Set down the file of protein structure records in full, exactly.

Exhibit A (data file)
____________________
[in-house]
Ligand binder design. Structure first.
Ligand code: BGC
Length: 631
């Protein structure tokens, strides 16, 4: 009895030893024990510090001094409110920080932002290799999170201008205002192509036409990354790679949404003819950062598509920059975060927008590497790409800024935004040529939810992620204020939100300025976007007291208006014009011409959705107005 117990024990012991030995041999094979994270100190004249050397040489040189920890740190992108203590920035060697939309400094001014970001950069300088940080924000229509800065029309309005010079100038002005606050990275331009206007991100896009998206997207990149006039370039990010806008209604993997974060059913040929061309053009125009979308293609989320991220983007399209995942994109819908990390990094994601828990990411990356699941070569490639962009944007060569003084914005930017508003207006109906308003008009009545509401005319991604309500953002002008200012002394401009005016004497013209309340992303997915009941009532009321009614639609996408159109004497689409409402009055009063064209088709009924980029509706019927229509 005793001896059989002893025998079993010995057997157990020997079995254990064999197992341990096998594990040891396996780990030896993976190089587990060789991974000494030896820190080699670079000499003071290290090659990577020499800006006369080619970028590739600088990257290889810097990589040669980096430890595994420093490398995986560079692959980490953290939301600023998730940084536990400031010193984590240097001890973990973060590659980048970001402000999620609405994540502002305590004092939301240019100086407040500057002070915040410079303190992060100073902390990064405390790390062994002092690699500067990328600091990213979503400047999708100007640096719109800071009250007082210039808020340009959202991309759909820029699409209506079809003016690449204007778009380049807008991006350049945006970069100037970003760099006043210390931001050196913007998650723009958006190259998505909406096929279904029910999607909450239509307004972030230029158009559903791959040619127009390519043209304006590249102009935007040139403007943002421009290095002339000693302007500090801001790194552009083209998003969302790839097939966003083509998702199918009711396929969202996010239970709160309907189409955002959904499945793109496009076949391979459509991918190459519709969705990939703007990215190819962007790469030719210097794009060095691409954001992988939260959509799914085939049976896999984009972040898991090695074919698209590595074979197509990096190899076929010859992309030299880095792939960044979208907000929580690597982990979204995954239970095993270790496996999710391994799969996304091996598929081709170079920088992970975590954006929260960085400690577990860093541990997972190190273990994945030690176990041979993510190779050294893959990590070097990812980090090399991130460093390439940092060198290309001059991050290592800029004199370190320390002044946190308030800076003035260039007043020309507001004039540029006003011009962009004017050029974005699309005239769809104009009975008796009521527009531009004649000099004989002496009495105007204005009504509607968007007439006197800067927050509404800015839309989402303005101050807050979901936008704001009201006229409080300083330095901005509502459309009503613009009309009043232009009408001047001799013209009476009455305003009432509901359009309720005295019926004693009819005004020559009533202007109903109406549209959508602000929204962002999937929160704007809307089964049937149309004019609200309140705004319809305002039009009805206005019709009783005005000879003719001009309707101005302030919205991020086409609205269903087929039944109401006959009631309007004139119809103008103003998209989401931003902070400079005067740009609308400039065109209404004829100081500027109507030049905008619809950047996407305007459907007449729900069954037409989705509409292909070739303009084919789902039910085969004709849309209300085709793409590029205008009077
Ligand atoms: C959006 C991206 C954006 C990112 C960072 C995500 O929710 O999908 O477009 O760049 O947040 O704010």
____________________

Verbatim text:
[in-house]
Ligand binder design. Structure first.
Ligand code: BGC
Length: 631
């Protein structure tokens, strides 16, 4: 009895030893024990510090001094409110920080932002290799999170201008205002192509036409990354790679949404003819950062598509920059975060927008590497790409800024935004040529939810992620204020939100300025976007007291208006014009011409959705107005 117990024990012991030995041999094979994270100190004249050397040489040189920890740190992108203590920035060697939309400094001014970001950069300088940080924000229509800065029309309005010079100038002005606050990275331009206007991100896009998206997207990149006039370039990010806008209604993997974060059913040929061309053009125009979308293609989320991220983007399209995942994109819908990390990094994601828990990411990356699941070569490639962009944007060569003084914005930017508003207006109906308003008009009545509401005319991604309500953002002008200012002394401009005016004497013209309340992303997915009941009532009321009614639609996408159109004497689409409402009055009063064209088709009924980029509706019927229509 005793001896059989002893025998079993010995057997157990020997079995254990064999197992341990096998594990040891396996780990030896993976190089587990060789991974000494030896820190080699670079000499003071290290090659990577020499800006006369080619970028590739600088990257290889810097990589040669980096430890595994420093490398995986560079692959980490953290939301600023998730940084536990400031010193984590240097001890973990973060590659980048970001402000999620609405994540502002305590004092939301240019100086407040500057002070915040410079303190992060100073902390990064405390790390062994002092690699500067990328600091990213979503400047999708100007640096719109800071009250007082210039808020340009959202991309759909820029699409209506079809003016690449204007778009380049807008991006350049945006970069100037970003760099006043210390931001050196913007998650723009958006190259998505909406096929279904029910999607909450239509307004972030230029158009559903791959040619127009390519043209304006590249102009935007040139403007943002421009290095002339000693302007500090801001790194552009083209998003969302790839097939966003083509998702199918009711396929969202996010239970709160309907189409955002959904499945793109496009076949391979459509991918190459519709969705990939703007990215190819962007790469030719210097794009060095691409954001992988939260959509799914085939049976896999984009972040898991090695074919698209590595074979197509990096190899076929010859992309030299880095792939960044979208907000929580690597982990979204995954239970095993270790496996999710391994799969996304091996598929081709170079920088992970975590954006929260960085400690577990860093541990997972190190273990994945030690176990041979993510190779050294893959990590070097990812980090090399991130460093390439940092060198290309001059991050290592800029004199370190320390002044946190308030800076003035260039007043020309507001004039540029006003011009962009004017050029974005699309005239769809104009009975008796009521527009531009004649000099004989002496009495105007204005009504509607968007007439006197800067927050509404800015839309989402303005101050807050979901936008704001009201006229409080300083330095901005509502459309009503613009009309009043232009009408001047001799013209009476009455305003009432509901359009309720005295019926004693009819005004020559009533202007109903109406549209959508602000929204962002999937929160704007809307089964049937149309004019609200309140705004319809305002039009009805206005019709009783005005000879003719001009309707101005302030919205991020086409609205269903087929039944109401006959009631309007004139119809103008103003998209989401931003902070400079005067740009609308400039065109209404004829100081500027109507030049905008619809950047996407305007459907007449729900069954037409989705509409292909070739303009084919789902039910085969004709849309209300085709793409590029205008009077
Ligand atoms: C959006 C991206 C954006 C990112 C960072 C995500 O929710 O999908 O477009 O760049 O947040 O704010």